The research unit Old-Age Provision and Social Policy focuses on pension systems, retirement behavior and labor force participation. It is the closest unit to actual policy – especially to public pension policy in Germany. It studies the reform process towards a demographically more stable multi-pillar public pension system and its recent backlashes in Germany. The unit is also interested in how these reforms affect financial and health inequalities and how they affect other insurance programs, for instance, those for unemployment, disability and long-term care.
We use a detailed simulation model (MEA-PENSIM) to analyze policy reforms of the German public pension system. MEA-PENSIM is one of the few non-government pension simulation models that allow for the simulation of the future development of the German public pension system. It considers the current population structure and allows for different alternative demographic and labor market scenarios. Despite the complexity of the model, it is easy to handle so that alternative and counterfactual reform options can be easily implemented to analyze their consequences at relatively short notice.
The unit also exploits survey data (e.g. SHARE and the record-linked SHARE-RV data) as well as administrative data from the German pension insurance to monitor household’s reactions to pension reforms. For instance, expectation formation, retirement behavior, and adaption of savings behavior are topics on which the unit is researching.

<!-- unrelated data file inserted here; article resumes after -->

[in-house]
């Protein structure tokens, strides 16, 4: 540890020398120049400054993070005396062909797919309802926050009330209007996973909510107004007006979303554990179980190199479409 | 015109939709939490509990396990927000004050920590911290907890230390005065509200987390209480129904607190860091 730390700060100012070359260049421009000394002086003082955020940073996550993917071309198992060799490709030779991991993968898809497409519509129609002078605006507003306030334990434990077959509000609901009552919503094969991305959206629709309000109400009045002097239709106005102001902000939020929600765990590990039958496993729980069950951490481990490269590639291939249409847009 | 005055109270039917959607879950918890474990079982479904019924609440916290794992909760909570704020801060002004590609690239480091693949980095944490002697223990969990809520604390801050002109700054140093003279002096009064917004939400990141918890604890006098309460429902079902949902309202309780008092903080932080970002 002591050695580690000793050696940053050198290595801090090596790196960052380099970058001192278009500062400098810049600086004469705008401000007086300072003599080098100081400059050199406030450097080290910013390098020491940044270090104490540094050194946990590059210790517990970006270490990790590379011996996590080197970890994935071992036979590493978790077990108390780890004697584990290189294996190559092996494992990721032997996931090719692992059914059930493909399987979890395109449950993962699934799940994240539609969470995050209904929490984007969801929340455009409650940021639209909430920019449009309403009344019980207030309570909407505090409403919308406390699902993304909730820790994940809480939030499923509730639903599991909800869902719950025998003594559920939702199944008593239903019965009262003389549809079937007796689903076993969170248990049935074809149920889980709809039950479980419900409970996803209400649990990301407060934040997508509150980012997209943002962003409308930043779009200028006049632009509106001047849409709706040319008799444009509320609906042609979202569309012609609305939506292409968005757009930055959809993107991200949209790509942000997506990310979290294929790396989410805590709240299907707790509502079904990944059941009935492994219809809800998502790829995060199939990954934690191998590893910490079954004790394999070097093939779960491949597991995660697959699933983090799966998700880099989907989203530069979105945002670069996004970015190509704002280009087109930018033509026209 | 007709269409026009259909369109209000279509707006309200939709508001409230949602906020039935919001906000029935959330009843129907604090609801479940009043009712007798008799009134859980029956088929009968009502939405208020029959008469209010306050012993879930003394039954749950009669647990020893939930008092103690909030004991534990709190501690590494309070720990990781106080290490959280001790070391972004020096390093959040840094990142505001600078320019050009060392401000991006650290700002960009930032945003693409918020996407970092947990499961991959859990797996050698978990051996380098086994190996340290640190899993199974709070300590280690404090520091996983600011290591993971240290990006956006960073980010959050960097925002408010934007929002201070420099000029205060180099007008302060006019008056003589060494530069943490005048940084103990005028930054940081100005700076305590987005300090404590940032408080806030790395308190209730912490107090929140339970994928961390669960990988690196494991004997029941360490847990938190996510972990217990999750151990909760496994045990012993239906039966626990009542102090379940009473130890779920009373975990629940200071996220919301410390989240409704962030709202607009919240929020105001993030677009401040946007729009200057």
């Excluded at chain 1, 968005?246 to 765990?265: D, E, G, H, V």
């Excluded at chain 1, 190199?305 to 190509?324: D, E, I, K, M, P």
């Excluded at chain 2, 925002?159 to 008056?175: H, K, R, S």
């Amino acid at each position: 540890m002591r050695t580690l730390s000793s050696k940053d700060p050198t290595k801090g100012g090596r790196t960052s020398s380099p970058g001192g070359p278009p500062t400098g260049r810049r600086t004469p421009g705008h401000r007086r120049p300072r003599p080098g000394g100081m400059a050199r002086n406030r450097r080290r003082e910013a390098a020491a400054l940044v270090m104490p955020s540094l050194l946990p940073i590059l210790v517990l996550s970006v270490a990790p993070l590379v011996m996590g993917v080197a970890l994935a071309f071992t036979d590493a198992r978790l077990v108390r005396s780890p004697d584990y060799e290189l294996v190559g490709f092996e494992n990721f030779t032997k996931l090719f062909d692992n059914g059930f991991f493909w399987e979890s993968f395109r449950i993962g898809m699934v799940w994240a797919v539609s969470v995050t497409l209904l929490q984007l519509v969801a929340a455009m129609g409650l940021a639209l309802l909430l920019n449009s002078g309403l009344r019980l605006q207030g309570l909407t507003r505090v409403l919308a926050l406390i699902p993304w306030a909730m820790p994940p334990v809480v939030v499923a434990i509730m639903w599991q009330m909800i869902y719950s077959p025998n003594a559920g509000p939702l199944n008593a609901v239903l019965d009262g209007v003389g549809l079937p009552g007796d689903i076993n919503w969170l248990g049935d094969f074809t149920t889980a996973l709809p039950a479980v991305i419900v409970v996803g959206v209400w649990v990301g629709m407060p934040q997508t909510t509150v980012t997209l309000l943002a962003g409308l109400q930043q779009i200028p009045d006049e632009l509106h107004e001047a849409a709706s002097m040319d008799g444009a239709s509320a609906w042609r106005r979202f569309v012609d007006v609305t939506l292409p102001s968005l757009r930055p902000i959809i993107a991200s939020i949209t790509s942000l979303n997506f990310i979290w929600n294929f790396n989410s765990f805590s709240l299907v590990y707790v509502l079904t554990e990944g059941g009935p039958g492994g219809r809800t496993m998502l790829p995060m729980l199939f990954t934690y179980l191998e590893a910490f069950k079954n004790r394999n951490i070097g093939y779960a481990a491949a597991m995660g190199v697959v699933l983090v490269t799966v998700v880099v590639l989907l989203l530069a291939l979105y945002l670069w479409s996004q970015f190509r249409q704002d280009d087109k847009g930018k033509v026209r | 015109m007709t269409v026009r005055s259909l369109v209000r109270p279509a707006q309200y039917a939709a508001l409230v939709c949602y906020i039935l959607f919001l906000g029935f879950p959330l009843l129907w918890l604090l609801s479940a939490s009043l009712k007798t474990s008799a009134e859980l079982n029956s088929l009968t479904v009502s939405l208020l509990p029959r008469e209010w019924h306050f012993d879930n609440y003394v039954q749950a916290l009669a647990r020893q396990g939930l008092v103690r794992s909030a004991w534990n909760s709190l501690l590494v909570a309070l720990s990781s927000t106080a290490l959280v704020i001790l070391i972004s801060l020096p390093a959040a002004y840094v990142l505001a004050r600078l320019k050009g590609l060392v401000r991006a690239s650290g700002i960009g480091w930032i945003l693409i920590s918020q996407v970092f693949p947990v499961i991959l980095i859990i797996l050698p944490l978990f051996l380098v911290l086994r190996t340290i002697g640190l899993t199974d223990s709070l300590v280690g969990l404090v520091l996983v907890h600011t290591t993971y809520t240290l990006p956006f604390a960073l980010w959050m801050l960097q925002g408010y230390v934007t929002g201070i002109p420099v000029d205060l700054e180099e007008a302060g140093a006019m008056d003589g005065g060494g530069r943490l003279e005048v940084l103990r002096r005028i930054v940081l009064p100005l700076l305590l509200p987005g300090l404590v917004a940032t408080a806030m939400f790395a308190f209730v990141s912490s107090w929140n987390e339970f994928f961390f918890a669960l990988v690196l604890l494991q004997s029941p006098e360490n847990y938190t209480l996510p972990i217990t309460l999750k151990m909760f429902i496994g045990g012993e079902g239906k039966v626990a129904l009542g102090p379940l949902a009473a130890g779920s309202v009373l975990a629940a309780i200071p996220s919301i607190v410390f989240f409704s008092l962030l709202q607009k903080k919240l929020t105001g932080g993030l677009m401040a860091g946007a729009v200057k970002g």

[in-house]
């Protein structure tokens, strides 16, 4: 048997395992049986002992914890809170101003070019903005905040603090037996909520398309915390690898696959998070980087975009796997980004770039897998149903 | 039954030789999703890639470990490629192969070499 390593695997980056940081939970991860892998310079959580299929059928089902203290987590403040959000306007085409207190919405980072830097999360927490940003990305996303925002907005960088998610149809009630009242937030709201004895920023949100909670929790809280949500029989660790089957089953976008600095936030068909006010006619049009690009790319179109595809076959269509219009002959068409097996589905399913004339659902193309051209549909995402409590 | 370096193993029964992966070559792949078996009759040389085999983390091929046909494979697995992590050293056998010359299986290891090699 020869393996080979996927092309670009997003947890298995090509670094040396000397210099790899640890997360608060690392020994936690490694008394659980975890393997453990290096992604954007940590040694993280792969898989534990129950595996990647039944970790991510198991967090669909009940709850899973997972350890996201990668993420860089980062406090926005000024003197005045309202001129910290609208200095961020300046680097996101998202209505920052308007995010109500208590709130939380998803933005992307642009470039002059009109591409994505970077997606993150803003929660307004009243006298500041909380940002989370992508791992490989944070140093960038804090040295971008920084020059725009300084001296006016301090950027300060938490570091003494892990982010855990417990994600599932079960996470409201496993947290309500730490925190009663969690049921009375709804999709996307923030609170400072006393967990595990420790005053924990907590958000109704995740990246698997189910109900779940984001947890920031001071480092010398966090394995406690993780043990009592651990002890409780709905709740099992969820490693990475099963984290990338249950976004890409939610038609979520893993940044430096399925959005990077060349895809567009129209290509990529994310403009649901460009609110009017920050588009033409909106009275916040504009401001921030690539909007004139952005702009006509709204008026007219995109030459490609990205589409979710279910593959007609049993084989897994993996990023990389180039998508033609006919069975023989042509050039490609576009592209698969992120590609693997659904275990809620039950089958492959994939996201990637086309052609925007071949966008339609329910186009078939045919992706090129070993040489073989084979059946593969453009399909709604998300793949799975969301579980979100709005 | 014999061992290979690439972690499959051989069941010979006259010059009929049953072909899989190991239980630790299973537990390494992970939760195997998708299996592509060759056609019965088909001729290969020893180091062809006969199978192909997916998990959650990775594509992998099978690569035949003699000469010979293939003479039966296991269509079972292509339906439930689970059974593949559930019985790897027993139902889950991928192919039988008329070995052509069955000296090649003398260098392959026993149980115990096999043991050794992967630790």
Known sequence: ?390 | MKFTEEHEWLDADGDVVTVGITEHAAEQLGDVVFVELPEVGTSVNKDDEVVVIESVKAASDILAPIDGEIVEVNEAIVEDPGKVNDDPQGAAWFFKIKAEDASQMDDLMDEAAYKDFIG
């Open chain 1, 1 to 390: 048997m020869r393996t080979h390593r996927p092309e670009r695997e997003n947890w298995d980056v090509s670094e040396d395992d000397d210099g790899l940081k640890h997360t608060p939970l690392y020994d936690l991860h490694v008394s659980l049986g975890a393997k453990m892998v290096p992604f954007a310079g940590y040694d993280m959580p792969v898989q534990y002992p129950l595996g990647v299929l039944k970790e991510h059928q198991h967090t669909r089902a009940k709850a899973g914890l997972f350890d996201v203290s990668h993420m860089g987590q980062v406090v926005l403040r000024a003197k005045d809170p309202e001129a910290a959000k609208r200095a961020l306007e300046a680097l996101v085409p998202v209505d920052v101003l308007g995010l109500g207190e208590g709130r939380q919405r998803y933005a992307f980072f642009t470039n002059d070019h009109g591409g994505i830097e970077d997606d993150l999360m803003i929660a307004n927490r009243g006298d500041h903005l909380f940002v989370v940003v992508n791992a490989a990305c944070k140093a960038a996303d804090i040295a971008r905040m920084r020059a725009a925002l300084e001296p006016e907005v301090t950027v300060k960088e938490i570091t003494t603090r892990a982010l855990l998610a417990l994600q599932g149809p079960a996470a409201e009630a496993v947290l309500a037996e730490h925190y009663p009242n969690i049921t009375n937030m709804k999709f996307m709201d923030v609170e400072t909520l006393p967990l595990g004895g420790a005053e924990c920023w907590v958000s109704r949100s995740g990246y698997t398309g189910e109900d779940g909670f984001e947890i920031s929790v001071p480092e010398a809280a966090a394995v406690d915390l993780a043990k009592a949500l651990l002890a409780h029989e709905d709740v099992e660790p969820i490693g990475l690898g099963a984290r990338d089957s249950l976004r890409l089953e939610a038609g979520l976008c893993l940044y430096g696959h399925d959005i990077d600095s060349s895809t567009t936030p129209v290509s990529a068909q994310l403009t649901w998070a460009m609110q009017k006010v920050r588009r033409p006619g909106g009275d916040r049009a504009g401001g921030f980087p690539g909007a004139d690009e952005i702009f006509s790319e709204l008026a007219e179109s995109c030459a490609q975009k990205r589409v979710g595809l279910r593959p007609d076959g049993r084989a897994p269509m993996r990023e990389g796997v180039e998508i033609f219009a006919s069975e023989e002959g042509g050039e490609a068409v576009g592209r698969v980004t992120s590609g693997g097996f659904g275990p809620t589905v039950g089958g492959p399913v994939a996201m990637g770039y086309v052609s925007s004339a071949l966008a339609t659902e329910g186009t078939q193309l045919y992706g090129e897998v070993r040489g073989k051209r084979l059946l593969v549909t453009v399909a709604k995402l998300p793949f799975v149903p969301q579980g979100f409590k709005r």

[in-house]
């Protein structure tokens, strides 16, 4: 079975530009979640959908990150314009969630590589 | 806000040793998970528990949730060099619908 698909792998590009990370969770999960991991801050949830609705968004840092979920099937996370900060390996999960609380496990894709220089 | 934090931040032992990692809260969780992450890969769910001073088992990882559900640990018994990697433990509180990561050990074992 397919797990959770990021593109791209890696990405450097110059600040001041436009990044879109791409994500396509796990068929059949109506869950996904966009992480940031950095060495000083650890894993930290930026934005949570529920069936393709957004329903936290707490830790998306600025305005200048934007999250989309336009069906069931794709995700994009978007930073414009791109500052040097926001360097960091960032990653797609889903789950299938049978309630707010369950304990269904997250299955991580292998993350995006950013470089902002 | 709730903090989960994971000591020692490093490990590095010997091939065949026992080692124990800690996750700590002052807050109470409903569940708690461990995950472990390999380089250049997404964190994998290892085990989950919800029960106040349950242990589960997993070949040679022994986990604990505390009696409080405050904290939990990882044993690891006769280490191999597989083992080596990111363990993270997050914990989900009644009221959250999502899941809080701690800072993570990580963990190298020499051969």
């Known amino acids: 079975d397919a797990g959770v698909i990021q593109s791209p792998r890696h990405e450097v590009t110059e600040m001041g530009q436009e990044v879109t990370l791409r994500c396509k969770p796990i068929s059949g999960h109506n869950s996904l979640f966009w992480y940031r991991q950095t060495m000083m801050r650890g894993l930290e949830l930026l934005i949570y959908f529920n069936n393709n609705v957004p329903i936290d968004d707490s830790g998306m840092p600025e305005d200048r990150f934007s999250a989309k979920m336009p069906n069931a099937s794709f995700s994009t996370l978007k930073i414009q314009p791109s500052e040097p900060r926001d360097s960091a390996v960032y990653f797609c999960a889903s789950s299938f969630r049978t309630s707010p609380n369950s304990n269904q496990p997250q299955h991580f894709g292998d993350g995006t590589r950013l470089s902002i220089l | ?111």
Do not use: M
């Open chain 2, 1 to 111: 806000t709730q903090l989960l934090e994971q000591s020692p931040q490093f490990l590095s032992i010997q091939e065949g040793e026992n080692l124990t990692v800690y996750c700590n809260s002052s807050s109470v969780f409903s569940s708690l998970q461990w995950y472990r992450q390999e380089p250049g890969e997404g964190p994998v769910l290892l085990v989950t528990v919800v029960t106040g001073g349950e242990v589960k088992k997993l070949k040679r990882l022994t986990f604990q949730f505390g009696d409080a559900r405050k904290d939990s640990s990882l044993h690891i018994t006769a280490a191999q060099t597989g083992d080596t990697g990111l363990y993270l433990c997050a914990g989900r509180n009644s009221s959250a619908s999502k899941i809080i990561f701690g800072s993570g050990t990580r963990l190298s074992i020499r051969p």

A second pillar of the research unit is its work on international comparisons. Together with Courtney Coile and under the auspices of the National Bureau of Economic Research (NBER) in Cambridge, Mass. (USA), MEA has taken the lead of the International Social Security project, formerly led by Jon Gruber and David Wise. The collaboration of research teams from 12 countries currently focuses on the effect of pension reforms on labor force participation. In the first step, the effect on the average worker was studied, while now income inequality within the pension system and how it was affected by these reforms has become the focus of the project. Afterwards, it is planned that the project will focus on reform-induced health inequalities.
Further current projects of the unit include labor force participation of women in Germany as part of the BB-Future project funded by the European Commission.
Another important project of the Social Policy unit is the analysis of the short and long-term effects of short time employment aid (e.g., wage subsidies such as the “Kurzarbeitergeld” in Germany) during the Corona pandemic as part of the SHARE-COVID19 project funded by the European Commission., Finally, the unit studies saving behavior in Europe, the US and Singapore in an international comparison of 30 countries.
- Demographic Development
- Retirement Behavior and Labor Force Participation
- Policy Evaluation
- Pension Policy and Pension Forecast
- Applied Economics